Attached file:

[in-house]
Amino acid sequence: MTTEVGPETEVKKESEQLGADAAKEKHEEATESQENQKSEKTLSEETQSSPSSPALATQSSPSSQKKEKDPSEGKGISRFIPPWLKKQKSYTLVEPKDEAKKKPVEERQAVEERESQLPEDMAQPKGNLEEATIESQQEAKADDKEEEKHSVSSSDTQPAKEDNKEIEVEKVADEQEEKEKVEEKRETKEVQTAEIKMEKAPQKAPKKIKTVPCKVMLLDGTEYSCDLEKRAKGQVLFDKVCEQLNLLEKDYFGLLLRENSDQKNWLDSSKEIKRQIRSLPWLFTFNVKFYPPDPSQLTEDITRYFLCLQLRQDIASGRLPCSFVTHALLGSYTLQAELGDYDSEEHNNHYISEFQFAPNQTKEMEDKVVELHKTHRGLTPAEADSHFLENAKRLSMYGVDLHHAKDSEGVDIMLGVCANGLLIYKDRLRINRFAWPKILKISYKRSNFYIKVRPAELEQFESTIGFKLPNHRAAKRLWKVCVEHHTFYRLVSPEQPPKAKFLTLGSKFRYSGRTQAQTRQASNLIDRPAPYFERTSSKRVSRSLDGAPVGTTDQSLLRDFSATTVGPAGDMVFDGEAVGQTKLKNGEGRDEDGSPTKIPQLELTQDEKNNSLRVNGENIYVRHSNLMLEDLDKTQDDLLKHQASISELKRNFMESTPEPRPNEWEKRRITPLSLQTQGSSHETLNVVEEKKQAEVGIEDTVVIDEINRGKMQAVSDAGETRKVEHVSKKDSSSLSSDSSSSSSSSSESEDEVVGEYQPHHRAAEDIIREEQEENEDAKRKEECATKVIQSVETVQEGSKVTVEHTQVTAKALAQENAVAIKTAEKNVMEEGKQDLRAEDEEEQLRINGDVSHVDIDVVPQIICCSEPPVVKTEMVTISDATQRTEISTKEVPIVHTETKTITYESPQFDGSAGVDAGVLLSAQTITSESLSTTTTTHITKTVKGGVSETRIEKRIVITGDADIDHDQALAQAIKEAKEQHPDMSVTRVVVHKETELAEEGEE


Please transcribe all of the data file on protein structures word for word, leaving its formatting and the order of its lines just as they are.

[in-house]
Amino acid sequence: MTTEVGPETEVKKESEQLGADAAKEKHEEATESQENQKSEKTLSEETQSSPSSPALATQSSPSSQKKEKDPSEGKGISRFIPPWLKKQKSYTLVEPKDEAKKKPVEERQAVEERESQLPEDMAQPKGNLEEATIESQQEAKADDKEEEKHSVSSSDTQPAKEDNKEIEVEKVADEQEEKEKVEEKRETKEVQTAEIKMEKAPQKAPKKIKTVPCKVMLLDGTEYSCDLEKRAKGQVLFDKVCEQLNLLEKDYFGLLLRENSDQKNWLDSSKEIKRQIRSLPWLFTFNVKFYPPDPSQLTEDITRYFLCLQLRQDIASGRLPCSFVTHALLGSYTLQAELGDYDSEEHNNHYISEFQFAPNQTKEMEDKVVELHKTHRGLTPAEADSHFLENAKRLSMYGVDLHHAKDSEGVDIMLGVCANGLLIYKDRLRINRFAWPKILKISYKRSNFYIKVRPAELEQFESTIGFKLPNHRAAKRLWKVCVEHHTFYRLVSPEQPPKAKFLTLGSKFRYSGRTQAQTRQASNLIDRPAPYFERTSSKRVSRSLDGAPVGTTDQSLLRDFSATTVGPAGDMVFDGEAVGQTKLKNGEGRDEDGSPTKIPQLELTQDEKNNSLRVNGENIYVRHSNLMLEDLDKTQDDLLKHQASISELKRNFMESTPEPRPNEWEKRRITPLSLQTQGSSHETLNVVEEKKQAEVGIEDTVVIDEINRGKMQAVSDAGETRKVEHVSKKDSSSLSSDSSSSSSSSSESEDEVVGEYQPHHRAAEDIIREEQEENEDAKRKEECATKVIQSVETVQEGSKVTVEHTQVTAKALAQENAVAIKTAEKNVMEEGKQDLRAEDEEEQLRINGDVSHVDIDVVPQIICCSEPPVVKTEMVTISDATQRTEISTKEVPIVHTETKTITYESPQFDGSAGVDAGVLLSAQTITSESLSTTTTTHITKTVKGGVSETRIEKRIVITGDADIDHDQALAQAIKEAKEQHPDMSVTRVVVHKETELAEEGEE